Operating Your Buildings

Matt Dickinson

20 Oct 2020

Hufton + Crow

It may sound like a statement of the obvious, but it is worth remembering that the energy use in a building is a function of the activities that go on inside it. Buildings exist to serve a function, that may be to provide a space for learning, for people to work or highly specialised spaces to deliver theatre or energy intensive facilities such as a swimming pool. A common thread with all these activities is that they require the use of energy.

Without the use of energy these activities cannot take place, it is the responsibility of the designers and the operators of a building to work together so that they make the most of the energy used to deliver their building’s functions effectively and to the benefit of the people that use them.

We have discussed building form, fabric and orientation, the use of daylight and how to heat and ventilate a building but the single biggest consideration and factor in determining energy use is what goes on inside the building. It is a truism that people will generally find a way to get stuff done, it is also true that people generally follow the path of least resistance in getting stuff done. The design and operation of the building must enable them to do that simply and efficiently. To enable that the right questions must be asked and addressed during the design to ascertain how the building will be used. The right questions will vary from building to building but will all involve:

  • Who are the building users and how do they use the building?
  • When is the building in use?
  • How is the building opened up and shut down?
  • What systems are in the building?
  • How is the building zoned?
  • How are we going to monitor energy use?

In answering these questions, procedures, processes and facilities can be put in place and give a better chance of delivering a low energy building in use. Frequently it is the simple measures that have the biggest impact. Simplicity often proves to be more efficient than complexity. Work with the reality of how people use buildings and not how we would like them to. Take lighting controls for example, many buildings install complex controls in the notion that they will deliver exactly what the building users ‘need’ with no input from the occupants. In practice they often prove complex to commission and users make decisions on their own needs and over-ride them. Simple user controls such as switches with timers allow building users to use lights as they need them and often result in lower overall energy use. The first responsibility for any building operator is to understand what energy is used for. As buildings become more efficient the energy used by computers, alarm systems and general ‘stuff’ in the building becomes an increasingly large proportion of the load. The image below shows the make-up of the total energy use in a naturally ventilated office. “Unregulated” energy use (i.e. energy use other than heating, lighting and elements controlled by Building Regulations) makes up over half of the total carbon emissions and just as much thought and control must be applied to these non-regulated loads.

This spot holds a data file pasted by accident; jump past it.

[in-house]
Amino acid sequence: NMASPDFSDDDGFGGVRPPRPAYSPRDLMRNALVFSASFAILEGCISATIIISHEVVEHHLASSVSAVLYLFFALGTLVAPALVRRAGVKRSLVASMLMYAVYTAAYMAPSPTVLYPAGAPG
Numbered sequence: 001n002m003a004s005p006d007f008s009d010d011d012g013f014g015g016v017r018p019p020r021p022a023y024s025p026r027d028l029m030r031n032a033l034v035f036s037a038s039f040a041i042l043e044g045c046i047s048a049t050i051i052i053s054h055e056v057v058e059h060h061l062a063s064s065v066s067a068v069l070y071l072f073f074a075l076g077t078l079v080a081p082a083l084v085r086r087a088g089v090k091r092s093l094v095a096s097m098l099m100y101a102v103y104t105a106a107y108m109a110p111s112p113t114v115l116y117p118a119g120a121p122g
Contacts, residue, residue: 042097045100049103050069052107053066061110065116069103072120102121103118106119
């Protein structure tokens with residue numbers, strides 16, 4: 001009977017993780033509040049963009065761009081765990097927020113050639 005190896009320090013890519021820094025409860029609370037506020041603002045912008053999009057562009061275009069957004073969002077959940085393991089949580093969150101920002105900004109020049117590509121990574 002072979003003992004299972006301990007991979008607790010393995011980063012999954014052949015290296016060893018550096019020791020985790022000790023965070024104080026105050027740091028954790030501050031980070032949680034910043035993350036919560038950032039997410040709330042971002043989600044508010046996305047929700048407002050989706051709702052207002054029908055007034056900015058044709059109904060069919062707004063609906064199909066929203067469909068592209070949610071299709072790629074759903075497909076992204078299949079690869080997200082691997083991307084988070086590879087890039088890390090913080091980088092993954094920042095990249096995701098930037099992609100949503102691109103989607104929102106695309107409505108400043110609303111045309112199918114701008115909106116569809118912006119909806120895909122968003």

Just as important as where energy is used is knowing when it is used. We have found that the energy use outside of normal opening hours in many building types such as offices and schools is up to 40% of the total energy use. This is all energy use related to but not directly supporting the key functions of the building. Another truism is stuff that is turned off cannot use energy, this is perhaps the single biggest contribution to achieving a net zero carbon building. Combine that simple fact with a simple path of least resistance, in the form of a building off-switch, and energy use will reduce.

If building users are enabled with simple methods to do the right thing they generally will and the chances of delivering a net zero carbon building in use increases.